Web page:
Natural language processing involves turning language into formats a machine can understand (numbers), before turning it back into our desired human output (text, code, etc). One of the first steps in the process of “datafying” language is to break it down into tokens. Tokens are typically a single word, at least in English – more on that in a minute. 

For example, our Tolkien sentence would tokenize as:

“Not”   “all”   “those”   “who”   “wander”   “are”   “lost” (7 tokens, 1 token per word)

There are various tools for tokenization and these might break down longer words slightly differently. 

Tokens are important because they not only drive performance of the model they also drive training costs. AI companies charge developers by the token. English tends to be the most token-efficient language, making it economically advantageous to train on English language “data” versus, say, Burmese. This blog post by data scientist Yennie Jun goes into further details about how the process works in a very accessible way, and this tool she built allows you to select different languages along with different tokenizers to see exactly how many tokens are needed for each of the languages selected.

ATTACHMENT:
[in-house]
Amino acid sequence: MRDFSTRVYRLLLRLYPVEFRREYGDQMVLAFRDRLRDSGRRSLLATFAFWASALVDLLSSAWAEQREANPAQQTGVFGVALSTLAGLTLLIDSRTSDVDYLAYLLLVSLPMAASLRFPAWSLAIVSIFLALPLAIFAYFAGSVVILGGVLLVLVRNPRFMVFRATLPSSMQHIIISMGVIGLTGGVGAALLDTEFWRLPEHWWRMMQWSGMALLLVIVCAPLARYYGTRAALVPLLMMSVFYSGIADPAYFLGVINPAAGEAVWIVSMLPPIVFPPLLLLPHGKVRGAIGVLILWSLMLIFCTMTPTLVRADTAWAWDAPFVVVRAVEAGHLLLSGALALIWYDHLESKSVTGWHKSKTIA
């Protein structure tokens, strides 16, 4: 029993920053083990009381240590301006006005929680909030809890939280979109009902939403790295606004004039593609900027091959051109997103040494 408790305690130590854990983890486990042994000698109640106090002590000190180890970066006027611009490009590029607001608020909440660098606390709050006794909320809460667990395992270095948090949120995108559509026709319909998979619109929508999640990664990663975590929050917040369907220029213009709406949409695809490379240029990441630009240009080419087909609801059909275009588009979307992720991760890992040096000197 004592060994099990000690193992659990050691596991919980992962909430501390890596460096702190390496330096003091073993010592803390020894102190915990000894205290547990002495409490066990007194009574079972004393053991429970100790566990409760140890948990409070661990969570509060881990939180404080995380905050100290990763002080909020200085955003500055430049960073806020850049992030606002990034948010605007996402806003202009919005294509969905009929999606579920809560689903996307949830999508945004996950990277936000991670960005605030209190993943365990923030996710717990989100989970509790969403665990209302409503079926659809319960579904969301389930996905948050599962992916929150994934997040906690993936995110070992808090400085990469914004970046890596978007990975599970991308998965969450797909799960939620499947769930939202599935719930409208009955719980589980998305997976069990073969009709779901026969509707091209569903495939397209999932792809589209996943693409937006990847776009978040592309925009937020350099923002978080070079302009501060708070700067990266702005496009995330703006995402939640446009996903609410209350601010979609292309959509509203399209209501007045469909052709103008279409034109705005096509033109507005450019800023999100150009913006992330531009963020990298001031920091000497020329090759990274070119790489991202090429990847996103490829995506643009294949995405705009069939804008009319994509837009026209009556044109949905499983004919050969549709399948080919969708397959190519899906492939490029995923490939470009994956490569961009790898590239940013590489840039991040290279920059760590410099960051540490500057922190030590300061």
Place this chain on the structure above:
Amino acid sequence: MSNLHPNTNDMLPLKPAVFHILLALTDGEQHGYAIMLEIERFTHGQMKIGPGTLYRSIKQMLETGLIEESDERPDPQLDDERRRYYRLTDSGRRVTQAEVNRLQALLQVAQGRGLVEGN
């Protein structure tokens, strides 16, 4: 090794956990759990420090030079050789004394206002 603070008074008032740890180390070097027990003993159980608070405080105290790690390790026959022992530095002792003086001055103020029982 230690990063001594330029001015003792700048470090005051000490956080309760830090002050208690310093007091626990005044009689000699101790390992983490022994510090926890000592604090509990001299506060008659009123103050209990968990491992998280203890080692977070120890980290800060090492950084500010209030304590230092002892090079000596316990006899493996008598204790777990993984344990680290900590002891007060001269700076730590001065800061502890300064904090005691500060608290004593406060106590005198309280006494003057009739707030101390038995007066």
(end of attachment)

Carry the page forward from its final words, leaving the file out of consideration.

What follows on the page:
NLP training techniques used in LLMs privilege the English language when it turns it into data for training, and penalize other languages, particularly low-resource languages. Even when a prompt and requested output is given in another language, researchers have learned that the hidden layers of a model seem to be working conceptually in English. There’s also the obvious point – there’s more English language text on the internet to use as training data. Privilege begets more privilege.

Delving Deeper

We’re also learning about odd, unintended consequences, arising from the training process, such as the way large language models overuse certain words like “delve.” This appears to be the result of outsourcing data-related tasks to particular geographic regions, a practice that has ethical supply chain issues in addition to material impacts on the outputs. A recent article in the Guardian explains that: